on a mission to embody grace and compassion in all relationships

My Congregation Is HIV Positive, And So Is Yours

I want to continue my thoughts from my last post when a patient asked me where my church is when he heard that I’m a minister. I responded with “It is here, you are sitting in it.” I wasn’t kidding.

This clinic really is my congregation, and I love its members and staff. If I’m honest there are a few members I don’t particularly like, but I try to love ’em anyway. I’ve been a pastor here for 15 years. Its a pretty tight community.

How is our HIV Clinic like a congregation, and how is it different from most congregations?

Like many congregations:

  1. We are a growing congregation with about 7-10 new members every week.
  2. Our goal is to keep new and existing members coming back on a regular basis so that they can have a meaningful and full life.
  3. We have a new members’ orientation process so that we can take time upfront to get to know one another and know what to expect.
  4. We are between 18 and 80. Many of our members bring their children with them.
  5. Some of our members are hospitalized each week, and our staff visit them and let the rest of the staff know how they are doing.
  6. We have a weekly staff meeting and work hard trying to figure out how we can care for our members more effectively.
  7. We pray for our members.
  8. We have yet to find one of us who is perfect.
  9. If you are sad or depressed or afraid, this is a good place for you.
  10. We always have more needs than we have the budget to meet those needs.
  11. We call every member during the week of his/her birthday to wish ’em a Happy Birthday.
  12. Many of us are HIV Positive, some of us are not.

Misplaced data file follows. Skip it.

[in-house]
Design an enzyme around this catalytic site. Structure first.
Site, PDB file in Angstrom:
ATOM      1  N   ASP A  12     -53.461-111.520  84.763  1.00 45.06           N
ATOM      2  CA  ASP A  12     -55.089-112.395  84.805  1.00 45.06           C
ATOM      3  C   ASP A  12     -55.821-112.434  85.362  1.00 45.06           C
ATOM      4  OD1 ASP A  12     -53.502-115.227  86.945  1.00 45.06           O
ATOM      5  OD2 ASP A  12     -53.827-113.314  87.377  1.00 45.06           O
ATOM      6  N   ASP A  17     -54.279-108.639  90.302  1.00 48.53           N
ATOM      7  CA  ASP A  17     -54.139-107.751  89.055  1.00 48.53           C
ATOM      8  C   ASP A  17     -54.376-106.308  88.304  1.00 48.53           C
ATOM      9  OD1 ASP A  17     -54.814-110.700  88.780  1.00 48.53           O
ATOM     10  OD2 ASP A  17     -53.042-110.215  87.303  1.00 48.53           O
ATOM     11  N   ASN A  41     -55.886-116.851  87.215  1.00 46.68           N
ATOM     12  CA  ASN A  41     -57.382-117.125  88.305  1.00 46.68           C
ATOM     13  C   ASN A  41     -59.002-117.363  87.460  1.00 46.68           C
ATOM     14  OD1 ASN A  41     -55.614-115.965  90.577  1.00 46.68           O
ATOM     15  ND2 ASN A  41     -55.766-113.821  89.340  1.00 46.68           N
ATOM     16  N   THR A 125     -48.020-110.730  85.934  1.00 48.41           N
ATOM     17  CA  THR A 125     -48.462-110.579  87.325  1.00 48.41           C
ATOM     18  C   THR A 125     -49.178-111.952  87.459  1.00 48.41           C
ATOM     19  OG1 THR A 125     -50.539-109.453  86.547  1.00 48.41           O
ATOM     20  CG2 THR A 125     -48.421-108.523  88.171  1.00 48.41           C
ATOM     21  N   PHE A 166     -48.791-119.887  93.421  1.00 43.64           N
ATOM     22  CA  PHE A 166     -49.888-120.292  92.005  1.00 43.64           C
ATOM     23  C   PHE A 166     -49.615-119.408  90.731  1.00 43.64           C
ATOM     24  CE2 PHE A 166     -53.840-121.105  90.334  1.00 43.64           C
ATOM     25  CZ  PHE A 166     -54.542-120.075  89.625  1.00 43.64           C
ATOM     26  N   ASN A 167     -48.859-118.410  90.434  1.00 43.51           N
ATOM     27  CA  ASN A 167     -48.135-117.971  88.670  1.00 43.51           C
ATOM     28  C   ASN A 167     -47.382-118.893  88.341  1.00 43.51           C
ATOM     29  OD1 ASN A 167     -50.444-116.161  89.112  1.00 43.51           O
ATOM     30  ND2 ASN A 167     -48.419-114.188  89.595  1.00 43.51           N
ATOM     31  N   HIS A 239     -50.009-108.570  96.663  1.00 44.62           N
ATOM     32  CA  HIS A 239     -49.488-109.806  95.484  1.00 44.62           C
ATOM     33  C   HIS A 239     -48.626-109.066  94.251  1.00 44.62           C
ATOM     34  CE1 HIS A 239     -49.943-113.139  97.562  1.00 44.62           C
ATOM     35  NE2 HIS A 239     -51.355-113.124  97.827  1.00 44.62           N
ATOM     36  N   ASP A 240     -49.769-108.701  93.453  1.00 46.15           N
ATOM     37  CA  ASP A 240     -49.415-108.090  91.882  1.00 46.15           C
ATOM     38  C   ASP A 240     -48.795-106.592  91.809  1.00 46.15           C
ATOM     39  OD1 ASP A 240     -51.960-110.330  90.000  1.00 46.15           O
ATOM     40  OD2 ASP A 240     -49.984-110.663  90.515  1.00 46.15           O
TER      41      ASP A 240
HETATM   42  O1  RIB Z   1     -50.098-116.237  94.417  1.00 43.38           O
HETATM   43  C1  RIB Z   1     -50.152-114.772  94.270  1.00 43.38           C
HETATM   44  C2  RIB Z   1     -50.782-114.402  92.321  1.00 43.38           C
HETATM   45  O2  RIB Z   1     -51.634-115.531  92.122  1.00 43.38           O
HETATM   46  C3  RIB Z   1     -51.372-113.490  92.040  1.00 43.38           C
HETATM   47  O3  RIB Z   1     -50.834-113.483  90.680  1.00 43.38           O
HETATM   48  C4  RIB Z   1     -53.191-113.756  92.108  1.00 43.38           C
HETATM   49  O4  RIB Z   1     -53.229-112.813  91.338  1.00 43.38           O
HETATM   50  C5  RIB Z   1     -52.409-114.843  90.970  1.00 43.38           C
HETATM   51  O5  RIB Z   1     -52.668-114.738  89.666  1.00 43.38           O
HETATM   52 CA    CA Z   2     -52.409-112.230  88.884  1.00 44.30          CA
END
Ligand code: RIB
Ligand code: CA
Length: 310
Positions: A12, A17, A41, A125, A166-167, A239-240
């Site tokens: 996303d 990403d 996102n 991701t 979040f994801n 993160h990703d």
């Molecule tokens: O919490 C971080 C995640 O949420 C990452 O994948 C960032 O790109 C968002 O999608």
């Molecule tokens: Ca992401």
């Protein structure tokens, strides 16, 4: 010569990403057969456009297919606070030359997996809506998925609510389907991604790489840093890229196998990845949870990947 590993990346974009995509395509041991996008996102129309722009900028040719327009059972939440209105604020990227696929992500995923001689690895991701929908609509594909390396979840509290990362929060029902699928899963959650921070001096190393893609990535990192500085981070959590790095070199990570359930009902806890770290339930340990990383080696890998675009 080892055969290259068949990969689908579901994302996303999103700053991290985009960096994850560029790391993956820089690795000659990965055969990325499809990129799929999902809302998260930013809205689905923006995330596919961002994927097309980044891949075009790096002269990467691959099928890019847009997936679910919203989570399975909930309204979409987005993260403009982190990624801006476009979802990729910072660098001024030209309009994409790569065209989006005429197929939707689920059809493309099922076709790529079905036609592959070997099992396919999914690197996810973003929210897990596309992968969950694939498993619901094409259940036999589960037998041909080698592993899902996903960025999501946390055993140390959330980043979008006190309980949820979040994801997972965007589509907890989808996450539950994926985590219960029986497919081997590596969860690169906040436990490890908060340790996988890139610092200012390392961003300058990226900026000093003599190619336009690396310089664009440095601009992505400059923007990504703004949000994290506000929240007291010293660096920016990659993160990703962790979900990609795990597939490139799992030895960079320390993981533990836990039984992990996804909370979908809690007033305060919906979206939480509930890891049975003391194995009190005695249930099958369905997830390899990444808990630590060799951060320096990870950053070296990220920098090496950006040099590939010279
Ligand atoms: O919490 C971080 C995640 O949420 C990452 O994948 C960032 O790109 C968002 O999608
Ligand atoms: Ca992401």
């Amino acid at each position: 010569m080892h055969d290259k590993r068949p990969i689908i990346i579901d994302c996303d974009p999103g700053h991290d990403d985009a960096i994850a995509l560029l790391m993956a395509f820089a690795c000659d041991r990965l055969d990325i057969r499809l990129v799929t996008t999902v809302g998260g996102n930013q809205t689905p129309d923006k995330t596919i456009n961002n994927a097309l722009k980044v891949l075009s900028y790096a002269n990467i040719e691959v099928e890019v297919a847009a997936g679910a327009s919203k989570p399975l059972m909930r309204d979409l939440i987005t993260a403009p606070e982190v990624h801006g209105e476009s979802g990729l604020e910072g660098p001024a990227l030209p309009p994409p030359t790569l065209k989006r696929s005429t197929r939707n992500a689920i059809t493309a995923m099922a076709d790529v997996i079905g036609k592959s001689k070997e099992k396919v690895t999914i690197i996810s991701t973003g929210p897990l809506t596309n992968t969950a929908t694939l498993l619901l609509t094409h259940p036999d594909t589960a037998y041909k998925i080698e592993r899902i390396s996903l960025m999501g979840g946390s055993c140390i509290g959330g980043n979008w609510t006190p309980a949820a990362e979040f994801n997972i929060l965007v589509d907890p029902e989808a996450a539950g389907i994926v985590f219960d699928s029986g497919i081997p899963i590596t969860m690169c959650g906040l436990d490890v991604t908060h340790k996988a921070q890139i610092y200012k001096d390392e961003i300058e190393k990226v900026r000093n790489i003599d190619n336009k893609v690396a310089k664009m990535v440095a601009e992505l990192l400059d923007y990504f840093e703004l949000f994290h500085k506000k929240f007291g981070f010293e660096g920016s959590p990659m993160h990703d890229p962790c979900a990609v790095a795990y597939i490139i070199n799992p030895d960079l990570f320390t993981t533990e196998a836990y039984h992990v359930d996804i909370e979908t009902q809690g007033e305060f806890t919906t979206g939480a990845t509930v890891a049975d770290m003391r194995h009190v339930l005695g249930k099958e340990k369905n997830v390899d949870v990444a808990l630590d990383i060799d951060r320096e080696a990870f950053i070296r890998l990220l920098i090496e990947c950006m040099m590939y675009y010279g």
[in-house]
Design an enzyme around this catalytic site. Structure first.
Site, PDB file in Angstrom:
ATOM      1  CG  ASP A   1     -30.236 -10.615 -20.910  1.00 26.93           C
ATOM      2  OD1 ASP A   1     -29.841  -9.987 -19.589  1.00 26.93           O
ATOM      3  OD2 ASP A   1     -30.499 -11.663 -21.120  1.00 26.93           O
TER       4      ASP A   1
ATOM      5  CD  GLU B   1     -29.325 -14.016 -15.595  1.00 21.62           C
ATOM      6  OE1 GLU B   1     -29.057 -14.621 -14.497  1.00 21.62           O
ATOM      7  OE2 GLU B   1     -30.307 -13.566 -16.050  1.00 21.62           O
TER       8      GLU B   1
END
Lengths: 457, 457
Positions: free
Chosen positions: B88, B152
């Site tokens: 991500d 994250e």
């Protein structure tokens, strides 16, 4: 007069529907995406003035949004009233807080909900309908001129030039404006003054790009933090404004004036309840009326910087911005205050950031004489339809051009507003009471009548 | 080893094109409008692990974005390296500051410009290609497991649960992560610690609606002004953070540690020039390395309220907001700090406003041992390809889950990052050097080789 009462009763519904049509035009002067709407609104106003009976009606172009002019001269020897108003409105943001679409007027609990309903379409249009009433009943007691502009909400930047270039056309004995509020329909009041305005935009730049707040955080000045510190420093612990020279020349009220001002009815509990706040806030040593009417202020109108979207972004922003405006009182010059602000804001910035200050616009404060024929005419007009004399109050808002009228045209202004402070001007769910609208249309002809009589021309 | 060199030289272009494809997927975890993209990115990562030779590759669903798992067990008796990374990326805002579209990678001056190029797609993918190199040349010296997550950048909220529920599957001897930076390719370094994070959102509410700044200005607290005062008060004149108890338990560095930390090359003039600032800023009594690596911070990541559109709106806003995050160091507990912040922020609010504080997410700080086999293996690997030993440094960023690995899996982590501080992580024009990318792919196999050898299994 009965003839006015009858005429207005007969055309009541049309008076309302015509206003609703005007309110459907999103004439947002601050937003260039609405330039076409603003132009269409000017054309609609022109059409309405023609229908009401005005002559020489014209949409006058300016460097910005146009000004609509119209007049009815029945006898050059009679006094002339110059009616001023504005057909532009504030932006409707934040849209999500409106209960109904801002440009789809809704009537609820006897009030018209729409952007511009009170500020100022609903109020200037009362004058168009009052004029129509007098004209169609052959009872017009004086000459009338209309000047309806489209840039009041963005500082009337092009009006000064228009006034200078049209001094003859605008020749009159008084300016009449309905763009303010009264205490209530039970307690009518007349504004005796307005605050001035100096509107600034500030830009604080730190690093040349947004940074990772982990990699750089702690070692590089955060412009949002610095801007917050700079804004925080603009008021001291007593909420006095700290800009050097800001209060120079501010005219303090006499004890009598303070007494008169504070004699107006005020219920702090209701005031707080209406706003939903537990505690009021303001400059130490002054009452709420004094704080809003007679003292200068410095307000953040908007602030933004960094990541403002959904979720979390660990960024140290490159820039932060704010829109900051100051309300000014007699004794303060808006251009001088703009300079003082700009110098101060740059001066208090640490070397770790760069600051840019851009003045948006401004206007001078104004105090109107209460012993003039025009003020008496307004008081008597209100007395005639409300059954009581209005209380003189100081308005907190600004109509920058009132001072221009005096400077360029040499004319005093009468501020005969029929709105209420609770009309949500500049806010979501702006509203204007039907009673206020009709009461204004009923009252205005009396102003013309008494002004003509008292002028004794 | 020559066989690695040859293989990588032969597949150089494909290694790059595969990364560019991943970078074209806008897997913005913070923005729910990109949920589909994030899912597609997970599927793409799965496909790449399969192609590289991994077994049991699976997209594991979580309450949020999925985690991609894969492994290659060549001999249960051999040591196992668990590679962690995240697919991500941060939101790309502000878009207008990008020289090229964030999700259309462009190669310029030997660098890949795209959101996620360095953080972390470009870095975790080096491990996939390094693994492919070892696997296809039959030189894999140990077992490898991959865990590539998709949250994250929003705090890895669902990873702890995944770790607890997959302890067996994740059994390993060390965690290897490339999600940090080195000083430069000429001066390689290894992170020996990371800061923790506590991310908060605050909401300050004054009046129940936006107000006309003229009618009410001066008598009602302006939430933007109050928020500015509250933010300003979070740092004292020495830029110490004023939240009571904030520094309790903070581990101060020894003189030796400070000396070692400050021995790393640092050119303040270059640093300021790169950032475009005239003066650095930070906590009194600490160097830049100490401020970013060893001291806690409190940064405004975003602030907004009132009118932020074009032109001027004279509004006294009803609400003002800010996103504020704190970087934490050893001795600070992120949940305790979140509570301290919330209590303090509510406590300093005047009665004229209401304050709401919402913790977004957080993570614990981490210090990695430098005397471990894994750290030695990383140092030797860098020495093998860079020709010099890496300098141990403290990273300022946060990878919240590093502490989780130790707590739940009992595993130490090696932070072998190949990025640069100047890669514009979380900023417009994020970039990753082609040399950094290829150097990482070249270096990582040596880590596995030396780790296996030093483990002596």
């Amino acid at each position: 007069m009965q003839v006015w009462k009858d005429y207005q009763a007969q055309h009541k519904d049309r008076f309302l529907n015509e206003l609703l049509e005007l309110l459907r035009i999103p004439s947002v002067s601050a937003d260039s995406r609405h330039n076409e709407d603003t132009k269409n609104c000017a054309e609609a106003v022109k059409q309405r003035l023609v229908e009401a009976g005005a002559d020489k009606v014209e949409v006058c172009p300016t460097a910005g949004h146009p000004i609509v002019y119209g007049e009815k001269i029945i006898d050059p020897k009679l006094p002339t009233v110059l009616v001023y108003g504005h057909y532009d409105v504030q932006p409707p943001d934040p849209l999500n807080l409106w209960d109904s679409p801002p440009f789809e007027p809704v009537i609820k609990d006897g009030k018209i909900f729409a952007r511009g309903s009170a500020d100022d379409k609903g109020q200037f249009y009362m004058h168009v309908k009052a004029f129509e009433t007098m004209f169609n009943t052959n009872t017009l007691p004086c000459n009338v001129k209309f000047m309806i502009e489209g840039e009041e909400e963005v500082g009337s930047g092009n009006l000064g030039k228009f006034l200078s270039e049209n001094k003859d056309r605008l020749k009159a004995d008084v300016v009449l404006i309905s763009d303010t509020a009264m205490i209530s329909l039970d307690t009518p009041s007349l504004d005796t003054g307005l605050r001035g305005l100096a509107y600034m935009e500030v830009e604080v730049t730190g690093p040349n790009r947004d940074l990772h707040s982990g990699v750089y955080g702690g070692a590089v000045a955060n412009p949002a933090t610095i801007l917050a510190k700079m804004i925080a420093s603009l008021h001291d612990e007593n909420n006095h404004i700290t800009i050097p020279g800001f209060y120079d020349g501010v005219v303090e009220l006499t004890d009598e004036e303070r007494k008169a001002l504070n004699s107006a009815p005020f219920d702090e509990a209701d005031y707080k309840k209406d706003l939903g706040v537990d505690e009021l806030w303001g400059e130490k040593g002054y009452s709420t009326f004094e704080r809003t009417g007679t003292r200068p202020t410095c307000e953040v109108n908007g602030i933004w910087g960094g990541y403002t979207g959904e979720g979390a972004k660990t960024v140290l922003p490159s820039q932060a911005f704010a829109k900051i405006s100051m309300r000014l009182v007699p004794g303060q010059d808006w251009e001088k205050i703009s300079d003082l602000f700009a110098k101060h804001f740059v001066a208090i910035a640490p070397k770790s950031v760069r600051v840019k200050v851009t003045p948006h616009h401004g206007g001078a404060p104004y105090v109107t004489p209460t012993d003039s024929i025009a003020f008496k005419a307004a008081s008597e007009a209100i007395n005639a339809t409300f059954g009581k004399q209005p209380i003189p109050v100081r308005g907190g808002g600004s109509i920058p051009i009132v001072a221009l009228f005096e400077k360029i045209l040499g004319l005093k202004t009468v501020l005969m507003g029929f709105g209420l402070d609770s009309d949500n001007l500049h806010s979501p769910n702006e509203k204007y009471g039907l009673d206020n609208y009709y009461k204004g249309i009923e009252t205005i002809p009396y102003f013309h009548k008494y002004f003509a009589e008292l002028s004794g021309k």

13. Many of us are unemployed or under employed, while others teach in respected institutions, are attorneys and physicians, serve as restaurant managers or as school teachers. Some of us have no income while a few of us make six figures.
  14. We are gay and straight and bi-sexual.
  15. A few of us have no faith and some of us have lost faith.

Different from many congregations:

  1. We have people drive from all over Alabama and neighboring states to see us.
  2. We have almost an equal number of black and white members with a growing Hispanic population.
  3. We are interfaith including Christians, Buddhists, Muslims andJews.
  4. Judgment is not in our job description.
  5. Our staff members call more than 20 countries home.

We are parents, spouses, partners, brothers, sisters, nephews, nieces, uncles, and aunts.

My main point is our congregation is a community of people who are like most congregations.

Most of all, all of us are children of God.

My hunch is your “congregation” is right in front of you too, open your eyes and see.


  1. Anonymous

    This post spoke to me in that it reflects something I’ve been thinking about lately. Even though folks I serve in my work tell me at times that God sent me to them, and that I have been a blessing to them, I’ve only recently started to realize that there is truth in that sentiment. I’ve been biding my time doing this work until I figured out my true calling, and not realizing that I am actually already doing some things that I was obviously meant to do, and I am also blessed to have the opportunity to do them. Thanks for sharing your wonderful welcoming positive energy.

  2. Malcolm Lewis Marler

    Thank you so much for commenting on my blog. I am also starting to realize more and more that I am “the blind” who needs to be healed so that I can see the opportunity for a “God encounter” sitting right in front of me.

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